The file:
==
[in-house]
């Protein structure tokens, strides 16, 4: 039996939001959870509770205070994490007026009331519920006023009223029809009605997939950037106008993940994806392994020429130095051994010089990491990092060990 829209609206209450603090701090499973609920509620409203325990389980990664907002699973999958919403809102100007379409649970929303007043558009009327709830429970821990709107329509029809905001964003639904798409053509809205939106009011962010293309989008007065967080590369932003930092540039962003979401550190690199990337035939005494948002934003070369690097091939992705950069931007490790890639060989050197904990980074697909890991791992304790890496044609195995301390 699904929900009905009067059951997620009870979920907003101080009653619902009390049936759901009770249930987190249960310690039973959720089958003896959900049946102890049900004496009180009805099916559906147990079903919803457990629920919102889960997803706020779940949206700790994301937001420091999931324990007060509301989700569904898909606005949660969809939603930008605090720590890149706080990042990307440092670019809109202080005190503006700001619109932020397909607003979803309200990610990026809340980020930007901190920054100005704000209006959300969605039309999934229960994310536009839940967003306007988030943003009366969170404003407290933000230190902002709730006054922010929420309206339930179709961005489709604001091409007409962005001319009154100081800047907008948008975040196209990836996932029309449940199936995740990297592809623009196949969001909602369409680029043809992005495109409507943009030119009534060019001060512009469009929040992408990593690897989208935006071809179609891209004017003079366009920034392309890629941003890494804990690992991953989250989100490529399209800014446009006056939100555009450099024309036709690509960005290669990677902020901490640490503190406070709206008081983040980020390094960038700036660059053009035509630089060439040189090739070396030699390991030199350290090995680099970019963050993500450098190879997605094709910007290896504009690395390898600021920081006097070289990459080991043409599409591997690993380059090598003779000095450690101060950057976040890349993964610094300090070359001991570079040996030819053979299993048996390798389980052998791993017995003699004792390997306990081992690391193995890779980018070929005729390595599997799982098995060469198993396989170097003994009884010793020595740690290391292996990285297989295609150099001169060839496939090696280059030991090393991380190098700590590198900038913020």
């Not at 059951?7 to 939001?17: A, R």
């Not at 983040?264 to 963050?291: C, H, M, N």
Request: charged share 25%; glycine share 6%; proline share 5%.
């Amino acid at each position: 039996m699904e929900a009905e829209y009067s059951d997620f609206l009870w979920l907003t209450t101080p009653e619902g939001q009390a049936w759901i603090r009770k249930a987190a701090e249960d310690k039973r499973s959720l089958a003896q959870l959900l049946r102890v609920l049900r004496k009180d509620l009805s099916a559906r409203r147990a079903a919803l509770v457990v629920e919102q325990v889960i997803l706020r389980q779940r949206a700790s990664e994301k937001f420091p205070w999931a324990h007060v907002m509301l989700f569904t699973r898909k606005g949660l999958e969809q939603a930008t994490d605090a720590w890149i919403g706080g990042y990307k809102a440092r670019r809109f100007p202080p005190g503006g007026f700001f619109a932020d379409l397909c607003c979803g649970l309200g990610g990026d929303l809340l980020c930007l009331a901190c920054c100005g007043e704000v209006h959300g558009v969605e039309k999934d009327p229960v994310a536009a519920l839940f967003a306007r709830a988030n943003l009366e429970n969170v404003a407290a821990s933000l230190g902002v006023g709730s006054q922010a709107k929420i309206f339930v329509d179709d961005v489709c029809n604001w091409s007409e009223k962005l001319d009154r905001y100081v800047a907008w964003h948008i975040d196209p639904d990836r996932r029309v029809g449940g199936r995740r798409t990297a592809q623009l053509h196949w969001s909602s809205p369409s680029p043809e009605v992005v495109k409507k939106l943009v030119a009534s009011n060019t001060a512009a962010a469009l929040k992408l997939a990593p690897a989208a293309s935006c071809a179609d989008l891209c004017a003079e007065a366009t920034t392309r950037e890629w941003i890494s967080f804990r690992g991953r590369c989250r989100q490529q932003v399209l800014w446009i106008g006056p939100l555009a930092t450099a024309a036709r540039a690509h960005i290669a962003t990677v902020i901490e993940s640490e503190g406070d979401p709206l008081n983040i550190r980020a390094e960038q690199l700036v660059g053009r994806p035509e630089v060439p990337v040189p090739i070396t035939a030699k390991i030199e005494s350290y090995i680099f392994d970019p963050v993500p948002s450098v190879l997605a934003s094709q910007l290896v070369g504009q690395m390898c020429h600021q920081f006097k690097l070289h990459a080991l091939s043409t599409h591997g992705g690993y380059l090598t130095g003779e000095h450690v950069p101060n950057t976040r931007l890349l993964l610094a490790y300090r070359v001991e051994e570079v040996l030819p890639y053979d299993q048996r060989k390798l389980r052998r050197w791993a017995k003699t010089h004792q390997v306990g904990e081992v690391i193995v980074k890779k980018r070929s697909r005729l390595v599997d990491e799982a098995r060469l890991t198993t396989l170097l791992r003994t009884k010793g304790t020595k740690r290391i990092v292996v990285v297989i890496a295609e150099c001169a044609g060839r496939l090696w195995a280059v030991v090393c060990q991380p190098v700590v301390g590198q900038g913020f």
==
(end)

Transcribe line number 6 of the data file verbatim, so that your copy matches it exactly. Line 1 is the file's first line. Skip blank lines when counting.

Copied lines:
């Amino acid at each position: 039996m699904e929900a009905e829209y009067s059951d997620f609206l009870w979920l907003t209450t101080p009653e619902g939001q009390a049936w759901i603090r009770k249930a987190a701090e249960d310690k039973r499973s959720l089958a003896q959870l959900l049946r102890v609920l049900r004496k009180d509620l009805s099916a559906r409203r147990a079903a919803l509770v457990v629920e919102q325990v889960i997803l706020r389980q779940r949206a700790s990664e994301k937001f420091p205070w999931a324990h007060v907002m509301l989700f569904t699973r898909k606005g949660l999958e969809q939603a930008t994490d605090a720590w890149i919403g706080g990042y990307k809102a440092r670019r809109f100007p202080p005190g503006g007026f700001f619109a932020d379409l397909c607003c979803g649970l309200g990610g990026d929303l809340l980020c930007l009331a901190c920054c100005g007043e704000v209006h959300g558009v969605e039309k999934d009327p229960v994310a536009a519920l839940f967003a306007r709830a988030n943003l009366e429970n969170v404003a407290a821990s933000l230190g902002v006023g709730s006054q922010a709107k929420i309206f339930v329509d179709d961005v489709c029809n604001w091409s007409e009223k962005l001319d009154r905001y100081v800047a907008w964003h948008i975040d196209p639904d990836r996932r029309v029809g449940g199936r995740r798409t990297a592809q623009l053509h196949w969001s909602s809205p369409s680029p043809e009605v992005v495109k409507k939106l943009v030119a009534s009011n060019t001060a512009a962010a469009l929040k992408l997939a990593p690897a989208a293309s935006c071809a179609d989008l891209c004017a003079e007065a366009t920034t392309r950037e890629w941003i890494s967080f804990r690992g991953r590369c989250r989100q490529q932003v399209l800014w446009i106008g006056p939100l555009a930092t450099a024309a036709r540039a690509h960005i290669a962003t990677v902020i901490e993940s640490e503190g406070d979401p709206l008081n983040i550190r980020a390094e960038q690199l700036v660059g053009r994806p035509e630089v060439p990337v040189p090739i070396t035939a030699k390991i030199e005494s350290y090995i680099f392994d970019p963050v993500p948002s450098v190879l997605a934003s094709q910007l290896v070369g504009q690395m390898c020429h600021q920081f006097k690097l070289h990459a080991l091939s043409t599409h591997g992705g690993y380059l090598t130095g003779e000095h450690v950069p101060n950057t976040r931007l890349l993964l610094a490790y300090r070359v001991e051994e570079v040996l030819p890639y053979d299993q048996r060989k390798l389980r052998r050197w791993a017995k003699t010089h004792q390997v306990g904990e081992v690391i193995v980074k890779k980018r070929s697909r005729l390595v599997d990491e799982a098995r060469l890991t198993t396989l170097l791992r003994t009884k010793g304790t020595k740690r290391i990092v292996v990285v297989i890496a295609e150099c001169a044609g060839r496939l090696w195995a280059v030991v090393c060990q991380p190098v700590v301390g590198q900038g913020f």